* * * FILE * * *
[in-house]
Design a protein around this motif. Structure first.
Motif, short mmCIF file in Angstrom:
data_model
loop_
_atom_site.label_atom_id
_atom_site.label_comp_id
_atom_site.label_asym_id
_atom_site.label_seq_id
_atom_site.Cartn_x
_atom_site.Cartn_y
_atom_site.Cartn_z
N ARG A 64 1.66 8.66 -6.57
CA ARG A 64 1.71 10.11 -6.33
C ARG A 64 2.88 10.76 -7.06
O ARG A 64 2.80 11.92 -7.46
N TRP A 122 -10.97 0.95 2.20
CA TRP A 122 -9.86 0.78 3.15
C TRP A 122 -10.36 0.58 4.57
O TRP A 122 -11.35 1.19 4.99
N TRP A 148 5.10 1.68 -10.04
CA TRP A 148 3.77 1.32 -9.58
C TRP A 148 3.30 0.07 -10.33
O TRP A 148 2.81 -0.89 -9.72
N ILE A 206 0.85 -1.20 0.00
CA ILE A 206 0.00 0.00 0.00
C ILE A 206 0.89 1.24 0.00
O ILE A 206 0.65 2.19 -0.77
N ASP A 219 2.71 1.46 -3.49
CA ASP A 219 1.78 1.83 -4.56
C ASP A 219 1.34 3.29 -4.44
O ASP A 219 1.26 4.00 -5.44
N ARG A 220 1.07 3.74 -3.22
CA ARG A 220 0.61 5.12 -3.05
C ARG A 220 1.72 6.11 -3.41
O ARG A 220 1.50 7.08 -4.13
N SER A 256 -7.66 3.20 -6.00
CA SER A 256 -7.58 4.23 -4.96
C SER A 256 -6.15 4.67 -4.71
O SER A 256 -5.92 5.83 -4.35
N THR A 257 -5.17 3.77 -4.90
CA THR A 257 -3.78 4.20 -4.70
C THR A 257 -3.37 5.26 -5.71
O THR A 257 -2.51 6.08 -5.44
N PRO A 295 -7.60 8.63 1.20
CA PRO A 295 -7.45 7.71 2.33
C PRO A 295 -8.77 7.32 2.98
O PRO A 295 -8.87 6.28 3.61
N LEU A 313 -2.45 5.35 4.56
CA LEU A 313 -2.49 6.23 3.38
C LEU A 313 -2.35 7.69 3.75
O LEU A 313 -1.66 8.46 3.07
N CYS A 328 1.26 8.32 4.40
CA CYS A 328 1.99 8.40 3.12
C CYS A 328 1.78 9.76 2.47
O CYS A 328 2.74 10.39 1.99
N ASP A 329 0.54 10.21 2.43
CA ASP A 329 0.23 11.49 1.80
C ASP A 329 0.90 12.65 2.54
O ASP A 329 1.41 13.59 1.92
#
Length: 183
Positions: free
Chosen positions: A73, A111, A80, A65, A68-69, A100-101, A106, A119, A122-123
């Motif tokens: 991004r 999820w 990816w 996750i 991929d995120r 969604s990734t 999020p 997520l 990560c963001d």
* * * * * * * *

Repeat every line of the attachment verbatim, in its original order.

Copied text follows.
[in-house]
Design a protein around this motif. Structure first.
Motif, short mmCIF file in Angstrom:
data_model
loop_
_atom_site.label_atom_id
_atom_site.label_comp_id
_atom_site.label_asym_id
_atom_site.label_seq_id
_atom_site.Cartn_x
_atom_site.Cartn_y
_atom_site.Cartn_z
N ARG A 64 1.66 8.66 -6.57
CA ARG A 64 1.71 10.11 -6.33
C ARG A 64 2.88 10.76 -7.06
O ARG A 64 2.80 11.92 -7.46
N TRP A 122 -10.97 0.95 2.20
CA TRP A 122 -9.86 0.78 3.15
C TRP A 122 -10.36 0.58 4.57
O TRP A 122 -11.35 1.19 4.99
N TRP A 148 5.10 1.68 -10.04
CA TRP A 148 3.77 1.32 -9.58
C TRP A 148 3.30 0.07 -10.33
O TRP A 148 2.81 -0.89 -9.72
N ILE A 206 0.85 -1.20 0.00
CA ILE A 206 0.00 0.00 0.00
C ILE A 206 0.89 1.24 0.00
O ILE A 206 0.65 2.19 -0.77
N ASP A 219 2.71 1.46 -3.49
CA ASP A 219 1.78 1.83 -4.56
C ASP A 219 1.34 3.29 -4.44
O ASP A 219 1.26 4.00 -5.44
N ARG A 220 1.07 3.74 -3.22
CA ARG A 220 0.61 5.12 -3.05
C ARG A 220 1.72 6.11 -3.41
O ARG A 220 1.50 7.08 -4.13
N SER A 256 -7.66 3.20 -6.00
CA SER A 256 -7.58 4.23 -4.96
C SER A 256 -6.15 4.67 -4.71
O SER A 256 -5.92 5.83 -4.35
N THR A 257 -5.17 3.77 -4.90
CA THR A 257 -3.78 4.20 -4.70
C THR A 257 -3.37 5.26 -5.71
O THR A 257 -2.51 6.08 -5.44
N PRO A 295 -7.60 8.63 1.20
CA PRO A 295 -7.45 7.71 2.33
C PRO A 295 -8.77 7.32 2.98
O PRO A 295 -8.87 6.28 3.61
N LEU A 313 -2.45 5.35 4.56
CA LEU A 313 -2.49 6.23 3.38
C LEU A 313 -2.35 7.69 3.75
O LEU A 313 -1.66 8.46 3.07
N CYS A 328 1.26 8.32 4.40
CA CYS A 328 1.99 8.40 3.12
C CYS A 328 1.78 9.76 2.47
O CYS A 328 2.74 10.39 1.99
N ASP A 329 0.54 10.21 2.43
CA ASP A 329 0.23 11.49 1.80
C ASP A 329 0.90 12.65 2.54
O ASP A 329 1.41 13.59 1.92
#
Length: 183
Positions: free
Chosen positions: A73, A111, A80, A65, A68-69, A100-101, A106, A119, A122-123
């Motif tokens: 991004r 999820w 990816w 996750i 991929d995120r 969604s990734t 999020p 997520l 990560c963001d």